HOUSTON, July 28 -- The US oil and gas industry will emerge from its doldrums structurally changed and perhaps relocated, according to a scenario that took shape at the RMI Oilfield Breakfast Forum in Houston July 28.
“This isn’t an exploration and production industry any more,” declared Jim Wicklund, principal and energy portfolio manager of Carlson Capital LLC, Dallas.
With natural gas abundant and prices low in comparison with oil, publicly owned independent producers have shifted from drilling mainly for gas toward a new emphasis on oil.
Furthermore, Wicklund said, “Gas exploration in the US has ceased” because of the growing domination of shale plays and the consequent reorientation to development and related technologies.
Wicklund called on oil and gas company executives to focus on long-term objectives, saying they “must not let short-term investors dictate strategic direction.”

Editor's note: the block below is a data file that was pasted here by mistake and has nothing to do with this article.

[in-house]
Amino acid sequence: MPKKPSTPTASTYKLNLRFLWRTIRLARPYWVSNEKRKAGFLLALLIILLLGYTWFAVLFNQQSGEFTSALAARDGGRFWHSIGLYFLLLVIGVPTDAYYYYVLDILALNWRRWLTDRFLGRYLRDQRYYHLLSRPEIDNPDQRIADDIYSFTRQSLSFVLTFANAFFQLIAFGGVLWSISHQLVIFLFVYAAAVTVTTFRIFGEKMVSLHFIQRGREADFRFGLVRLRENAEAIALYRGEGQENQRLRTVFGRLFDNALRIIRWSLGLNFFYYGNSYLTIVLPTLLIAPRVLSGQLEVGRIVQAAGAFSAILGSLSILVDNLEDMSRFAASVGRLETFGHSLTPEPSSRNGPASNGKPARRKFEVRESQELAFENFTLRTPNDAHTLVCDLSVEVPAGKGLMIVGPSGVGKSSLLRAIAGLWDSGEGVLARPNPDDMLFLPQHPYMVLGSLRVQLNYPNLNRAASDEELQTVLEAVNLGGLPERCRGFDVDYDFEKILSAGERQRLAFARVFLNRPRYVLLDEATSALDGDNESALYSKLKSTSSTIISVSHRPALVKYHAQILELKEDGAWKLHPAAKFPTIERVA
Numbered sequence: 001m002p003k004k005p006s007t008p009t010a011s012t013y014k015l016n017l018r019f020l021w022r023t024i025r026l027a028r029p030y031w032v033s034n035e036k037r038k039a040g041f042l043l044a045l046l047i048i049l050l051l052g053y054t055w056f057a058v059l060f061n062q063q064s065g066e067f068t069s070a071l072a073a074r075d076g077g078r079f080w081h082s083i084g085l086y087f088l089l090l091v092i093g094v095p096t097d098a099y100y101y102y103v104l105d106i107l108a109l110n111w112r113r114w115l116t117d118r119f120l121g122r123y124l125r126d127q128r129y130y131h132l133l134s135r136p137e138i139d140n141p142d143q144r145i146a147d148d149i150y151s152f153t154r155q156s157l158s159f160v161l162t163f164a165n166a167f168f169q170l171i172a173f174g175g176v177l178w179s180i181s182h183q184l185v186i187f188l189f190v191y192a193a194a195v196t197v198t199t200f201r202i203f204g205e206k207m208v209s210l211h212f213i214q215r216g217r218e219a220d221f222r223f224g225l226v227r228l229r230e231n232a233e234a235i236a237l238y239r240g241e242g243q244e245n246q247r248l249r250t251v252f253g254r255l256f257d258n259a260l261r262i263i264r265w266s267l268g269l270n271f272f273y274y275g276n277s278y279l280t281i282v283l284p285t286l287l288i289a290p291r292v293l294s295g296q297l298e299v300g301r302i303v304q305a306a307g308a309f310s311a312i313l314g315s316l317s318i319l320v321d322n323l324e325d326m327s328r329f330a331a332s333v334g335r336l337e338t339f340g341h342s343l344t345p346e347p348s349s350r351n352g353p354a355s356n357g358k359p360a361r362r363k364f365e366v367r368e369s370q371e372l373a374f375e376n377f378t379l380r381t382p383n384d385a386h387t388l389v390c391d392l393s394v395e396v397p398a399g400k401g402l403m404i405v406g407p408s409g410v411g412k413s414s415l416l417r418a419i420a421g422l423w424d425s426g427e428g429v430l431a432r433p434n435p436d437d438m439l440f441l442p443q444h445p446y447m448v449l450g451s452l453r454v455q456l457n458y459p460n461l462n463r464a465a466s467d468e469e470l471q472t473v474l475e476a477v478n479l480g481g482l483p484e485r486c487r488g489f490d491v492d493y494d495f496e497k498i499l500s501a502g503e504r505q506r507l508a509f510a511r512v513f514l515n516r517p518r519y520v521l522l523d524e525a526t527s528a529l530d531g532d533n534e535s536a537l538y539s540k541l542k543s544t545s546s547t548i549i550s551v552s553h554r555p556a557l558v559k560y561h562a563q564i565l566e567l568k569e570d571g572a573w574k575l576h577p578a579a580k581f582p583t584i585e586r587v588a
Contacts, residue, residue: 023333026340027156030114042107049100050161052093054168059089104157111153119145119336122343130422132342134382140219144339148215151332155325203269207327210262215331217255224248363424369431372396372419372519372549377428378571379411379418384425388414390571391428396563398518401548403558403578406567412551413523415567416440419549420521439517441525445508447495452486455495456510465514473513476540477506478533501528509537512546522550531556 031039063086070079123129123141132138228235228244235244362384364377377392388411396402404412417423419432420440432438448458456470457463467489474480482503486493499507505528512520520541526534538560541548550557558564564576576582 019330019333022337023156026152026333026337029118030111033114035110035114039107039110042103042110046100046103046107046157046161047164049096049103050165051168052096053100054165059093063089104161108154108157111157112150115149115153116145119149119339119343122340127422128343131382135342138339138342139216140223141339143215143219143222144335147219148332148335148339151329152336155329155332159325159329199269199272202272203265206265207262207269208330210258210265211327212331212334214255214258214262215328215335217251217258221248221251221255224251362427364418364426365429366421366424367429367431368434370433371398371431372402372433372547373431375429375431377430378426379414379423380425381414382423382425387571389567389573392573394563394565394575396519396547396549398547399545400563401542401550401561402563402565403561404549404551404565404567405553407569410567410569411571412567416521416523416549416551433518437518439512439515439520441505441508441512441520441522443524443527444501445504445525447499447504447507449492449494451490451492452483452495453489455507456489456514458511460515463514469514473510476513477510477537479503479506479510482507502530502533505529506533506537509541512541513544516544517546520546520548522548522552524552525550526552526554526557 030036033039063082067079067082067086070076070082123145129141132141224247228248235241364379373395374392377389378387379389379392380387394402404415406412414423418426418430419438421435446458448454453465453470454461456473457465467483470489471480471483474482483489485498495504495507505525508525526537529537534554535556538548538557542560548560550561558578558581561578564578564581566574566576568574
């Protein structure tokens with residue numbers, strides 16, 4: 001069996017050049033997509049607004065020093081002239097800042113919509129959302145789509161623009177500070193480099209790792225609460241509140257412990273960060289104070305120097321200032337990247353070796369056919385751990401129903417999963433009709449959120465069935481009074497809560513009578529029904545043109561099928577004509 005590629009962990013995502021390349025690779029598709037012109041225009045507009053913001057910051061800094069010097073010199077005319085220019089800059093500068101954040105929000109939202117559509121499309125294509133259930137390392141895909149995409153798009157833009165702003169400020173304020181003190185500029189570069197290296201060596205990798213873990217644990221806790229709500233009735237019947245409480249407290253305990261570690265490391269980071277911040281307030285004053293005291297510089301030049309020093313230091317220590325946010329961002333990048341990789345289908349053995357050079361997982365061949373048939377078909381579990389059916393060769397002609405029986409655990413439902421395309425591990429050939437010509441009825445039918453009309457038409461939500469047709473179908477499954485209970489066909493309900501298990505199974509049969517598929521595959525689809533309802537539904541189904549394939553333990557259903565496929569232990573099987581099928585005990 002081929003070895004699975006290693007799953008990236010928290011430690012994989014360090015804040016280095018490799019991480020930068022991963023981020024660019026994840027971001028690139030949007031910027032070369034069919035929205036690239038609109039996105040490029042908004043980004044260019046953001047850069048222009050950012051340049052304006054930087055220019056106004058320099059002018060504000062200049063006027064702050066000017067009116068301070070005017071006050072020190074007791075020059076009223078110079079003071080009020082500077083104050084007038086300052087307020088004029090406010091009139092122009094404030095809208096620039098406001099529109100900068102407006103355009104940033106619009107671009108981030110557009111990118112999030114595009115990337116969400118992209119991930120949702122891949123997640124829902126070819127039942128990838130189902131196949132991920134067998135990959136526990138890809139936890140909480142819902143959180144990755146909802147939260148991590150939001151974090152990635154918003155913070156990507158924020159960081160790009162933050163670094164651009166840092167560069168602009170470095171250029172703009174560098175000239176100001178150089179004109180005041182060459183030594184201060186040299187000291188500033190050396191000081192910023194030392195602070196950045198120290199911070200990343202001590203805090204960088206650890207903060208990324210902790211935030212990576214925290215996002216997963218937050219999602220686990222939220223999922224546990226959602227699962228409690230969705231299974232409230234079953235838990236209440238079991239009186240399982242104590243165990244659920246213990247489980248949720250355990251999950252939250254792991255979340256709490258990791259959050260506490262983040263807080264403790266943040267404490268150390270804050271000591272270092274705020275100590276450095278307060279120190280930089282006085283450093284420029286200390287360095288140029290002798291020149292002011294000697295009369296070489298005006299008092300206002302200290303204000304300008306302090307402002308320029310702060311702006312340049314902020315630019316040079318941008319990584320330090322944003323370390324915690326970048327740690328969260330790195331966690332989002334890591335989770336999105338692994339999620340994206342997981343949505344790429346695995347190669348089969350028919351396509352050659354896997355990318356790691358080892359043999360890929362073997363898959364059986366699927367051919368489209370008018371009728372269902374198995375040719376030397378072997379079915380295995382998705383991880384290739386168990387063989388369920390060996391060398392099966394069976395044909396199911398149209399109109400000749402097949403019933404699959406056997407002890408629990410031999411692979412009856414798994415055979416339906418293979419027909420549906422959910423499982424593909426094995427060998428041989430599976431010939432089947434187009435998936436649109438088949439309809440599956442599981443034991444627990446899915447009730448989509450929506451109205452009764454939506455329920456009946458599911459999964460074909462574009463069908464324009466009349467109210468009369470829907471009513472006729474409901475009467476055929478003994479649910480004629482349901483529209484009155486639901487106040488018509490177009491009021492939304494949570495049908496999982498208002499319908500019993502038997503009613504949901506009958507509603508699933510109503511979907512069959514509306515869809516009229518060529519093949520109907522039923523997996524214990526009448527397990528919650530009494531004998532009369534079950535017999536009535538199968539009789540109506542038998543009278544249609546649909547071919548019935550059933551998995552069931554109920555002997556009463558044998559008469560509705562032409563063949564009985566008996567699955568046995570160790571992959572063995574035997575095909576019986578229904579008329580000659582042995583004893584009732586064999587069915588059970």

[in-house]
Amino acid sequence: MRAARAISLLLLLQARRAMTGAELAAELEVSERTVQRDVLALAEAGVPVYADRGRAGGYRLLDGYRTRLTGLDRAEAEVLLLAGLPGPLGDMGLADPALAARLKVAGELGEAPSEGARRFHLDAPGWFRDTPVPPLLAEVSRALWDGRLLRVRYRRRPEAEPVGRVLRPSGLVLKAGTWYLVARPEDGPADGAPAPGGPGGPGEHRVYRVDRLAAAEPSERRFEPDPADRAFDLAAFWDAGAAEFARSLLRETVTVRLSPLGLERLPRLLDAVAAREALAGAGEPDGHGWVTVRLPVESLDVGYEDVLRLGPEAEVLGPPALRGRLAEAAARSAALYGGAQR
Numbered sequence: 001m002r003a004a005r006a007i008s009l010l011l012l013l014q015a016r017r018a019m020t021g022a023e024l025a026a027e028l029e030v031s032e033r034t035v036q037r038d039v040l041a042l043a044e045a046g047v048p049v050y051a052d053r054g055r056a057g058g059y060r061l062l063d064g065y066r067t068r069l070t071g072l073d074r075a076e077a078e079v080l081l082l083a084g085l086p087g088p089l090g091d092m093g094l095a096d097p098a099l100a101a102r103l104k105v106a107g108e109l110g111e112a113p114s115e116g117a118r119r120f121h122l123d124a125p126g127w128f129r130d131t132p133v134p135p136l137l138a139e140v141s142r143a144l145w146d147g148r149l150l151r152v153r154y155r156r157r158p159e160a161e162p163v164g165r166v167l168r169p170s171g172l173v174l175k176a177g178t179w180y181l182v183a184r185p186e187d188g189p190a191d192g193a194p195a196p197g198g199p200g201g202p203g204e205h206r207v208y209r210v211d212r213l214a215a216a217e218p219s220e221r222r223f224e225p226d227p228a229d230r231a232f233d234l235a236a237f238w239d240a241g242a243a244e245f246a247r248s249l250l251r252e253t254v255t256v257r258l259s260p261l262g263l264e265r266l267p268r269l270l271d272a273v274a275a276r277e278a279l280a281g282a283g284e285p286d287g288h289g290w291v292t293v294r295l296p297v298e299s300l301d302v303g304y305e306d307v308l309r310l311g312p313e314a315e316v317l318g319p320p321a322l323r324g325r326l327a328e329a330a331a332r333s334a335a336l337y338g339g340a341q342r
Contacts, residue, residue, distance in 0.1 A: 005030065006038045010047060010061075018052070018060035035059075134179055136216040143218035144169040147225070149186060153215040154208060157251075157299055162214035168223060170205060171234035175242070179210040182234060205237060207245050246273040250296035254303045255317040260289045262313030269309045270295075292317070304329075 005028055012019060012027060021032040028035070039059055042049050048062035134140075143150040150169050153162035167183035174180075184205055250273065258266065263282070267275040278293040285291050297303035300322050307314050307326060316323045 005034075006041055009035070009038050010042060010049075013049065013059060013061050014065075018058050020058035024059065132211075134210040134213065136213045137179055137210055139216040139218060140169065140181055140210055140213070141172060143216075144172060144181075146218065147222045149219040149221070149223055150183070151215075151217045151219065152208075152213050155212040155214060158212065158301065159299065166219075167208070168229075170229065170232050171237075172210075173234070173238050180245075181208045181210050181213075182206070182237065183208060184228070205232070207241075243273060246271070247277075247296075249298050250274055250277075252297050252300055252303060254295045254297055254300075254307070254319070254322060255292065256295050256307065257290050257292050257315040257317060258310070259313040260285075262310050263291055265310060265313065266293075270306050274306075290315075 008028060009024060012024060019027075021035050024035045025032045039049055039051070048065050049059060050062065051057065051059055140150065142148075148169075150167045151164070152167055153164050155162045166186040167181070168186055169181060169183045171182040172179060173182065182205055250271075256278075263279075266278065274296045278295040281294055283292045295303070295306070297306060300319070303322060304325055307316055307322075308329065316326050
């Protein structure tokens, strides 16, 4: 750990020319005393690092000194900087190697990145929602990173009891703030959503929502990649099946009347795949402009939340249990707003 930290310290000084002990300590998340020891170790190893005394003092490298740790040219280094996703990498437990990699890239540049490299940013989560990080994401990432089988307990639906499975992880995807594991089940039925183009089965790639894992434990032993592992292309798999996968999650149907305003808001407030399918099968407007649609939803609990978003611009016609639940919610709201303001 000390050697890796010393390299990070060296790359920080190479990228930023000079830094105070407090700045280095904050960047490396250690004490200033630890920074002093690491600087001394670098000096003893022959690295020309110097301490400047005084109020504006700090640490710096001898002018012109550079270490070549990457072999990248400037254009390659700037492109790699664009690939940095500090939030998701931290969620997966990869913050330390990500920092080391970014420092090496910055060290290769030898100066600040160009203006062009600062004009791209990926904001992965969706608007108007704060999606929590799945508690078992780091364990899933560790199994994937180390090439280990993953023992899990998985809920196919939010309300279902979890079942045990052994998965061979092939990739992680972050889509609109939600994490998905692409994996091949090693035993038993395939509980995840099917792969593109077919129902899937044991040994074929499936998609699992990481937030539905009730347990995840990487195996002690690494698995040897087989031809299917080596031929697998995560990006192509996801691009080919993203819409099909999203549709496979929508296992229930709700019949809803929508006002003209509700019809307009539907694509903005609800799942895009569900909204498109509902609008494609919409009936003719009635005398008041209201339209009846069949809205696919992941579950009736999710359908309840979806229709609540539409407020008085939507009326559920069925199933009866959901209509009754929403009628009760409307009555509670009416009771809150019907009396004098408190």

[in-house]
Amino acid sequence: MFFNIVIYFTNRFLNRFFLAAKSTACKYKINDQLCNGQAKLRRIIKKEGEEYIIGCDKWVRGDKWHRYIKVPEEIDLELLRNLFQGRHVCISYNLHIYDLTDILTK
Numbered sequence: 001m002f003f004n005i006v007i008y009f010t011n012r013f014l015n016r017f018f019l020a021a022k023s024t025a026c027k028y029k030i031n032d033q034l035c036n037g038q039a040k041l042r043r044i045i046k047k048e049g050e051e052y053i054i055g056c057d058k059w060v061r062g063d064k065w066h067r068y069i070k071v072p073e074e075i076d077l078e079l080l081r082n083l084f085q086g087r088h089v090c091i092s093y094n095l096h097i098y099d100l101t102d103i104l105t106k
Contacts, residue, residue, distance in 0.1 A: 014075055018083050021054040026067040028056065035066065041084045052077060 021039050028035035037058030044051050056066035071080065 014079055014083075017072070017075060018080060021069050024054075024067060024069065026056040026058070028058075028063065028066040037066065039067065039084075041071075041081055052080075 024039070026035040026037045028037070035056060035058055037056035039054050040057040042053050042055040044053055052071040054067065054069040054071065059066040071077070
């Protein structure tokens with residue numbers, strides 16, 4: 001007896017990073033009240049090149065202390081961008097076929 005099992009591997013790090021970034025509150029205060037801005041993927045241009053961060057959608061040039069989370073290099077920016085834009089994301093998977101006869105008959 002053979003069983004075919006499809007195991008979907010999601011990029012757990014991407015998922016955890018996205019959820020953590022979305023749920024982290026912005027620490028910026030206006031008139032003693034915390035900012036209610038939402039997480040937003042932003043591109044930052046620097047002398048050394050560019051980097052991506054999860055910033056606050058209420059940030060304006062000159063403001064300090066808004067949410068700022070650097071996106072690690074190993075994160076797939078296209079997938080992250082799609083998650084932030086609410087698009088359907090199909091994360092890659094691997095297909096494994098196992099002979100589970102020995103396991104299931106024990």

During questions, Wicklund agreed with a fear expressed in a presentation by Larry Dickerson, president and chief executive officer of Diamond Offshore Drilling Inc., of a migration of operating and service companies away from the US.
Dickerson said drilling rigs generally are leaving the Gulf of Mexico because of hurricanes, aging infrastructure, and the availability of more-appealing contracts elsewhere.
“We’re losing the base of operations that runs this industry,” he said.
And tax proposals of the administration of President Barack Obama and others under consideration by Congress threaten to impose burdens that would push companies—or at least their headquarters—away from the US and possibly diminish Houston’s role as a global center of industry technical innovation.
“Why drive that out of the country?” Dickerson asked. “I don’t know.”
Wicklund agreed that the industry is “poised to leave the US if it [the tax regime] gets too onerous.”
Wicklund, Dickerson, and Joseph Ash, Devon Energy Corp. vice-president of offshore exploration, all cited politics as the industry’s biggest challenge of the next 12 months.
Ash said uncertainty about future taxation represents a stronger impediment now than it usually does to planning.
A fourth speaker, Munawar Hidayatallah, chief executive of Allis-Chalmers Energy Inc., pointed to a different challenge: the continuing banking and liquidity crisis.
Contact Bob Tippee at email@example.com.
Speakers see changed, maybe relocated, US industry